The Trustees of the Social Security and Medicare programs released their annual reports yesterday. Read the coverage and claims contained therein carefully, with an eye for two key moments of spin: (1) the fiscal news is good and the programs are fine, and (2) Obamacare has improved the outlook for Medicare. Instead, remember this: (3) both programs are fiscal toast and need immediate reforms to continue to provide future seniors with an appropriate safety net.
Companies across the U.S. are meeting health challenges head on by investing in time, talent, and materials. U.S. federal law has long protected these endeavors through the intellectual property (IP) regime. Understanding the process of innovation in both health and medicine requires a basic knowledge of three areas: the legal underpinnings of patent law, the economics of patents, and how the two interact within a company. Today, we cannot forget just how important these laws have been in creating and sustaining the technological sectors, especially those where innovation is especially costly. A basic overview of intellectual property rights (IPR) in innovative industries, particularly in medical treatments, is a beginning point to explore where the regime has gotten things right.
Today, the Medicare Trustees issued their annual report detailing the financial state of America’s entitlement programs. The report echoed past conclusions: Medicare and Social Security are still going bankrupt.
The 2010 Affordable Care Act (ACA) health reform law established state-based health insurance exchanges to provide an individual market for qualified health insurance plans. The state exchanges sell insurance plans to any citizen, regardless of health status. Enrollees who purchase plans through an exchange can receive federal premium subsidies if their household income falls between 100 and 400 percent of the federal poverty level. This primer provides an overview of the ACA’s risk mitigation provisions that apply to individual and/or small group market plans: reinsurance, risk corridors, and risk adjustment.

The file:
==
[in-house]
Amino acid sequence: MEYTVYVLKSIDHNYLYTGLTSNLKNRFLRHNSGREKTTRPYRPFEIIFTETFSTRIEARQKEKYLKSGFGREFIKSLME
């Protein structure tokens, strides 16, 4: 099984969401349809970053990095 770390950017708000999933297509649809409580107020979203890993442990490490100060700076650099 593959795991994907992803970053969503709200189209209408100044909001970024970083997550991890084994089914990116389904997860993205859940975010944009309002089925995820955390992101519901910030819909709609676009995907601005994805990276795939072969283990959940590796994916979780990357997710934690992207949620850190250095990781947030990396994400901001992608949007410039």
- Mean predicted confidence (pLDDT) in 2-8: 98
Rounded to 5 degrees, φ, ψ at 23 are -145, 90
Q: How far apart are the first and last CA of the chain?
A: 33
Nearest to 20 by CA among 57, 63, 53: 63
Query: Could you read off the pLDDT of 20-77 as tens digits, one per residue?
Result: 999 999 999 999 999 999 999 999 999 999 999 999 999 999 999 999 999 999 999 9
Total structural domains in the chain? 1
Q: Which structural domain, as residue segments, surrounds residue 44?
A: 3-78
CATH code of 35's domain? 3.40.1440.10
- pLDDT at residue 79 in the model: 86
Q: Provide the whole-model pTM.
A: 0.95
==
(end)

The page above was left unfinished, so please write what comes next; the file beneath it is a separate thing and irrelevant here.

The Federal Reserve’s policymaking committee will meet on Tuesday and Wednesday this week. For the moment, there is little suspense regarding the outcome: the Fed will “taper” its purchases of Treasury securities and mortgage-backed securities (MBS) by $10 billion, reducing monthly purchases to $25 billion on its way to ending purchases in October.
In a relatively modest week, regulators published $158 million in annualized costs and more than 235,000 associated paperwork burden hours; no regulation monetized possible benefits. However, the week did include notable court proceedings on the Affordable Care Act and Dodd-Frank’s fourth anniversary.
The Pipeline and Hazardous Materials Safety Administration (PHMSA) recently released a new set of standards for certain trains and tank cars at risk for accidents involving flammable liquids. The agency states that these revised regulations come as a response to recent high-profile accidents.
In their most recent report, the Congressional Budget Office (CBO) estimates that the effects of an aging population, increasing health care costs, and the federal subsidies issued under the Affordable Care Act (ACA) will contribute to increasing the deficit to $7.6 trillion in the 2015-2024 timeframe.
The daily influx of Central American children is a crisis that is appalling in its character and scale. It demands a focused and swift response; quite simply inaction is not an option. The bad news is that the White House has shifted from indifference to a strategy of stonewalling and playing politics. The good news is that House Republicans yesterday announced a plan to address the growing tragedy.